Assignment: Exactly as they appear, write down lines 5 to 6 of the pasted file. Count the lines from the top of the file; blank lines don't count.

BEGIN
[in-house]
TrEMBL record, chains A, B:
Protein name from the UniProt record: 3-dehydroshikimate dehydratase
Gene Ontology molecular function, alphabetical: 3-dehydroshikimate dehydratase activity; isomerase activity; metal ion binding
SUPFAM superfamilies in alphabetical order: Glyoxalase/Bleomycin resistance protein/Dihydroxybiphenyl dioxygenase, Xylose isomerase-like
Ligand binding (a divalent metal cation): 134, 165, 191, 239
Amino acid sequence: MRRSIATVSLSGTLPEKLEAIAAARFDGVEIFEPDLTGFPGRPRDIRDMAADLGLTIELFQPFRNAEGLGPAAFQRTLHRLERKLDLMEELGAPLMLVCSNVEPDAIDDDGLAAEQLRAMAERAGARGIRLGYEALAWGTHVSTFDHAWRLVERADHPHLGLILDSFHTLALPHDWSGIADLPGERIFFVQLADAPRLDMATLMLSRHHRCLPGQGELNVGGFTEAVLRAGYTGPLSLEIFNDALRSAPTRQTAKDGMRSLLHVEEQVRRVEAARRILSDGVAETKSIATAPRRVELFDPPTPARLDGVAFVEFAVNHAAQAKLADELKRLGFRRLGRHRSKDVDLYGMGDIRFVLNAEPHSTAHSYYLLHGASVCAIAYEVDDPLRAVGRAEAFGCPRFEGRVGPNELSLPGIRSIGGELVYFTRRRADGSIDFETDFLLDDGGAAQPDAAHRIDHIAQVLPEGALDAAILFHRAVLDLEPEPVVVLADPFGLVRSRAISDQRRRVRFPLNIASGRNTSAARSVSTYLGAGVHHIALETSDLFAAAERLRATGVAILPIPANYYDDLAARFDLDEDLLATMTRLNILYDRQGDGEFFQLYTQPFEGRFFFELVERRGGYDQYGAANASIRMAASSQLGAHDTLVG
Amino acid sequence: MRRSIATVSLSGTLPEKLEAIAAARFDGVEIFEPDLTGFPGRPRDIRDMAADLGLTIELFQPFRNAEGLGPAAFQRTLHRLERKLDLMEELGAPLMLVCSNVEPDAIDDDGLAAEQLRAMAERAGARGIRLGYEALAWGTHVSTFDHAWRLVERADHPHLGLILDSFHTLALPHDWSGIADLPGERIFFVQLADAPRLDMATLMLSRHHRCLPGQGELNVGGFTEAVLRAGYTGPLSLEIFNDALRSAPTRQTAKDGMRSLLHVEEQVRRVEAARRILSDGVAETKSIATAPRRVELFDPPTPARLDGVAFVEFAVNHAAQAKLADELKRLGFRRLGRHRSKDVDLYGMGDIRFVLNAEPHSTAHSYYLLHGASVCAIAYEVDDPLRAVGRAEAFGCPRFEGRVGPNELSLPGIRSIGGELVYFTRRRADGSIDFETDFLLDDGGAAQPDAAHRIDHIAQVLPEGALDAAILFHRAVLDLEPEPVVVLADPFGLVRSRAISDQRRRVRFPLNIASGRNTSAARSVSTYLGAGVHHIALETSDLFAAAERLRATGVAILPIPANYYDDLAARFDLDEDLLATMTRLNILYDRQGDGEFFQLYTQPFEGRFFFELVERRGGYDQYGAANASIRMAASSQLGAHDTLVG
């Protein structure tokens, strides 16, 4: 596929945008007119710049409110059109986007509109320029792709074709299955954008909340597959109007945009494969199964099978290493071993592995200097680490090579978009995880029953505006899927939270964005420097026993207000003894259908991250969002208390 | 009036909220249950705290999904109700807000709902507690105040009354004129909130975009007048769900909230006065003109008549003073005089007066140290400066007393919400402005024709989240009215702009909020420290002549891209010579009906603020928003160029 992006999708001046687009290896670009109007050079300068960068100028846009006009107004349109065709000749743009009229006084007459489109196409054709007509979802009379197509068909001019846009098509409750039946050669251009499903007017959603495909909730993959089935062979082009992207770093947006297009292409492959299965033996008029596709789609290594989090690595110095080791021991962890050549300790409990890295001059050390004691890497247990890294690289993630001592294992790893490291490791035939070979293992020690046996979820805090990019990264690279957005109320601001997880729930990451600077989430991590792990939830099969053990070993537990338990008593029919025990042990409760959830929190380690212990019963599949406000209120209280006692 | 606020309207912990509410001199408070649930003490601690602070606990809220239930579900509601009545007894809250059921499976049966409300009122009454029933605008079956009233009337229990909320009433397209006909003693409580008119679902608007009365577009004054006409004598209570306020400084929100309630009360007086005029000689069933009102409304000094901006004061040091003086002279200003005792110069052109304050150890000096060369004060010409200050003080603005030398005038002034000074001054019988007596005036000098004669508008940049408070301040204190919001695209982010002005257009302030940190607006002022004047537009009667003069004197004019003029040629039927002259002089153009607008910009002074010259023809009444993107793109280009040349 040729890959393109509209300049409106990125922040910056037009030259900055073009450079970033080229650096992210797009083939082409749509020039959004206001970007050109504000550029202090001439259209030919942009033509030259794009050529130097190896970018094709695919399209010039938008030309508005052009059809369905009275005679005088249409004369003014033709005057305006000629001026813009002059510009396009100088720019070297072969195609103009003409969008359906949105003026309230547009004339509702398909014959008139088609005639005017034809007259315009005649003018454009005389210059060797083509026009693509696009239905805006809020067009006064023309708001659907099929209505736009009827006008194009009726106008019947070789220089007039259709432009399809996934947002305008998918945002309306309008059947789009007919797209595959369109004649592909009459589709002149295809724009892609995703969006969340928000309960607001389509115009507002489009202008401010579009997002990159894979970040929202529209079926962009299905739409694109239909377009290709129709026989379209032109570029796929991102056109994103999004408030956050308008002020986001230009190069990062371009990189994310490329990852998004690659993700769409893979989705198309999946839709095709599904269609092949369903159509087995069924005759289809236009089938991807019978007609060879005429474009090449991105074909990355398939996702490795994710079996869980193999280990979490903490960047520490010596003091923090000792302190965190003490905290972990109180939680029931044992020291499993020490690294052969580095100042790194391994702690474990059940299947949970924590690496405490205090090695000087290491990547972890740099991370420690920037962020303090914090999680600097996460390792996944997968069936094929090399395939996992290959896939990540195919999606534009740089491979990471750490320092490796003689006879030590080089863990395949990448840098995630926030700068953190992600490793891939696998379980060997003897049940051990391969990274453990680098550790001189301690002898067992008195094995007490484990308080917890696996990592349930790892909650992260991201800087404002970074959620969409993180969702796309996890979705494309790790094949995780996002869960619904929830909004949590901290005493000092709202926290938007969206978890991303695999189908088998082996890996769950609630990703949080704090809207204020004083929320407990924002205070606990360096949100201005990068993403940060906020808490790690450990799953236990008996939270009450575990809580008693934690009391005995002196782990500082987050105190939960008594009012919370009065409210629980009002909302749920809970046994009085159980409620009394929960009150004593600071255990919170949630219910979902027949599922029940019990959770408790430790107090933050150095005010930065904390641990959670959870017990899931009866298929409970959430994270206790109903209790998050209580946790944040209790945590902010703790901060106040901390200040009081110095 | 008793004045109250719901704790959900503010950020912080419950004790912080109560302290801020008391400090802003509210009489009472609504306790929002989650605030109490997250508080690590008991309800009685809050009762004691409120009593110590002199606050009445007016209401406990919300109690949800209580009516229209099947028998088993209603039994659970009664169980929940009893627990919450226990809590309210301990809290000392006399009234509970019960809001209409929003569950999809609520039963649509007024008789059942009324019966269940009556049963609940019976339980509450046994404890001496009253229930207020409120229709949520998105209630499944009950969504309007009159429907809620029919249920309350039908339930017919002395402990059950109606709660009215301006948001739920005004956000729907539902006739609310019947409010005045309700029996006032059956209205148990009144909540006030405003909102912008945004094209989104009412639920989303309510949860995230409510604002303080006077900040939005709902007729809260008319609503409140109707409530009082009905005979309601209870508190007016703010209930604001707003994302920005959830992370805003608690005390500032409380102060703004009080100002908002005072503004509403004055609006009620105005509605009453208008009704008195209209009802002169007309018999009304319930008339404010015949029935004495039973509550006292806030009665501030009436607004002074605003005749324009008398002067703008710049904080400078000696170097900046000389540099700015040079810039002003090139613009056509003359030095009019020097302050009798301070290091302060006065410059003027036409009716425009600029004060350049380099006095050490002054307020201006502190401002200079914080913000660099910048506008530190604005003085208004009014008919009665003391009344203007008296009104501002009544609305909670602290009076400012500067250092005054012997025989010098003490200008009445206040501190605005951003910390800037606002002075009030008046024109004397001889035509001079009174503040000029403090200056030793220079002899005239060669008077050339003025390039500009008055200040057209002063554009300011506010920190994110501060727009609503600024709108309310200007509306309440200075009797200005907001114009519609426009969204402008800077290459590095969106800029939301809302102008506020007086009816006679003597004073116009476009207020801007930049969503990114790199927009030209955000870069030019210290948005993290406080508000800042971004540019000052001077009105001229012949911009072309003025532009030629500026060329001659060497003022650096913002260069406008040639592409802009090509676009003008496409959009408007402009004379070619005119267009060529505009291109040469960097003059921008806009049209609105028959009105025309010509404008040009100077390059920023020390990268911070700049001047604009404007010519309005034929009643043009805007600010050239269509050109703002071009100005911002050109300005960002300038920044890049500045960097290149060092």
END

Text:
SUPFAM superfamilies in alphabetical order: Glyoxalase/Bleomycin resistance protein/Dihydroxybiphenyl dioxygenase, Xylose isomerase-like
Ligand binding (a divalent metal cation): 134, 165, 191, 239